Nigel Farage is going around telling anyone who’ll listen that there is an (presumably euro-philic) establishment conspiracy to shut down the
Electoral CommissionUK Independence Party, based on the ‘trivial’ fact that they have been in receipt of hundreds of thousands of pounds of illegal donations.
Far be it for me to gloat. Well, okay, I can’t resist. Because the truth of the matter is that all parties have been sweating cobs on this issue for months now. But for all that, none of the other parties have fallen foul of such an open-and-shut case as this one.
My own feeling on the Michael Brown case, which I said back when it was first raised to the Lib Dem Federal Executive’s attention, was that it would have been eminently avoidable if we had simply refused to accept the donation unless he gave the money as a personal donation and registered to vote in the UK. The fact that he refused to do so should have raised alarm bells (or at least bigger ones). But at the very least it is undeniable, and accepted by the Electoral Commission, that Cowley Street worked hard to ensure that it was legal. If it is eventually declared illegal it will be because the donation languished in a grey area that no-one can claim was obvious. The problem was, at the time and under pressure, there were too many unknown unknowns. So, while I might question the political decision to accept money off the twerp, I’ve never questioned that the party was scrupulous in how it dealt with the cash.
By contrast, the UKIP case suggests that they weren’t taking the most basic steps in confirming that major donations were, in fact, legal. UKIP, of all parties, would be the first to cry foul if a party accepted money from a foreign donor by some backdoor route or, worse, gross negligence. If Alan Bown was such an upstanding British citizen, how come he couldn’t even bring himself to vote for the very party he was bankrolling?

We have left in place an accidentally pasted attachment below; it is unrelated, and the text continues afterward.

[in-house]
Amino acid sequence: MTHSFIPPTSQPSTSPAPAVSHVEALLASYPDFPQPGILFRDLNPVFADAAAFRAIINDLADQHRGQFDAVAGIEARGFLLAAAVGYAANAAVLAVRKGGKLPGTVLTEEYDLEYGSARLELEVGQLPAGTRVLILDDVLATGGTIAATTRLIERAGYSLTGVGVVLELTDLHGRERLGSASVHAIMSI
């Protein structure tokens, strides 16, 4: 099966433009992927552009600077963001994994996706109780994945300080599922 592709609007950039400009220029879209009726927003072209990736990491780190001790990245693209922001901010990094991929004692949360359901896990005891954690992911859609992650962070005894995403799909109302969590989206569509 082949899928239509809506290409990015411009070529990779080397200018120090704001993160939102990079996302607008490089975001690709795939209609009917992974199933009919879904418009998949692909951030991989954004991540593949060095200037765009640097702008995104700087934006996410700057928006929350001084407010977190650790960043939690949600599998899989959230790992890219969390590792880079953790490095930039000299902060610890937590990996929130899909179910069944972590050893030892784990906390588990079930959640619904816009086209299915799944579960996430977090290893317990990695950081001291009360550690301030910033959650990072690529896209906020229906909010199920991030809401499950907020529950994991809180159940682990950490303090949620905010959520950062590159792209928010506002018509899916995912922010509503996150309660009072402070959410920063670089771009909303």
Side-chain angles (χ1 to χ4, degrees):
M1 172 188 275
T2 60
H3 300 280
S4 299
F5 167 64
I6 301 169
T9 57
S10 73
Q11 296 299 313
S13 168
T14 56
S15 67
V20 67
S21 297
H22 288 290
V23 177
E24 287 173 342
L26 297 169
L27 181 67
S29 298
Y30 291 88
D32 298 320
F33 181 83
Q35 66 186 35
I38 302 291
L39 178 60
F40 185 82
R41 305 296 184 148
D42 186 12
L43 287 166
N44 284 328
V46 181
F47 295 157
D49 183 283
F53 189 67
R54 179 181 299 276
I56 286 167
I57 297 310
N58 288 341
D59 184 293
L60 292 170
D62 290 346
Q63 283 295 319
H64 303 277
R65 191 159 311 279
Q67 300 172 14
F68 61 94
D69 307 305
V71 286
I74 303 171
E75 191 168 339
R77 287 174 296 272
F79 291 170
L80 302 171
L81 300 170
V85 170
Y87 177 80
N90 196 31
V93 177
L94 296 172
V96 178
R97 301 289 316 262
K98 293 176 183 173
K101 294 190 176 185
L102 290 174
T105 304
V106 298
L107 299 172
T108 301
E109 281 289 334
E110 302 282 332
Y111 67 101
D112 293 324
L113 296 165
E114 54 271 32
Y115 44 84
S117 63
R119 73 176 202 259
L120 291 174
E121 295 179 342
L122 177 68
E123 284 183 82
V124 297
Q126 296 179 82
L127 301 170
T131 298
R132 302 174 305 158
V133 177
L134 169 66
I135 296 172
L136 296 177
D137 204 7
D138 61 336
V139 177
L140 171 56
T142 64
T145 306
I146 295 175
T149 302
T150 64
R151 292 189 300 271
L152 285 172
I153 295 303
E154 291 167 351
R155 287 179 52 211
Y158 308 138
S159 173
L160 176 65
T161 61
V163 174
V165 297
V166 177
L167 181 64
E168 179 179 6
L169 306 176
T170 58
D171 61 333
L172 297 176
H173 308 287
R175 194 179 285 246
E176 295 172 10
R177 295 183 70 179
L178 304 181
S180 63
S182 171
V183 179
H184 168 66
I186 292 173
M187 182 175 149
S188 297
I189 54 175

Anyway, here are a few quotes from the UKIP website that might serve to provide Mr Farrago a bit of perspective:
16 April 2006:
Financially the Conservative Party is a mess. Today less than six per cent of the Tory Partyâ€™s money comes from subscriptions and they therefore feel the need to bring in the high rollers. Legally donations cannot come from foreigners and have to be public, whereas loans can be anonymous and come from anyone.
However, the names of lenders were given to the Electoral Commission, and we put a public interest inquiry in to reveal those names. Worryingly for Dave it is looking like these loans were on such good rates the lack of interest payments could easily be defined as gifts in kind, numbering up to hundreds of thousands of pounds and thus donations. It was when he was
questioned about our request that he lost his cool. The dodge he and Blair have come up with to excuse their possibly illegal acts is to say, â€œwe cannot be trusted to raise cash legally ourselves, the only answer is that you, the taxpayer, will have to subsidise our activitiesâ€. This is wrong. The only benefit for party leaders is it gives them taxpayersâ€™ cash with which to reward cronies and buy silence from internal foes.
23 September 2005:
The Electoral Commission last night confirmed it was conducting an inquiry into whether donations from 5th Avenue Partners had complied with laws banning political parties from taking foreign money.
If they find against the Lib Dems the party will be forced to return the money, triggering a financial crisis.
Michael Brown, the owner of the company, told The Times yesterday that he felt â€œtotally let downâ€ by the party.
He said it had failed to make more than cursory checks before taking his companyâ€™s money. â€œIf the people who handled my donation were elected to run the economy, I would not be happy â€” it would be disastrous.â€
In correspondence with party chiefs, copies of which he has given to this newspaper, Mr Brown complains that his company has been subjected to media scrutiny and the donation to the possibility of legal challenge.
â€œAs a donor, I rely on the party to verify that the donation is proper. In the case of the donation made by my company, very little due diligence was undertaken,â€ he said.
Ner ner ner-ner ner!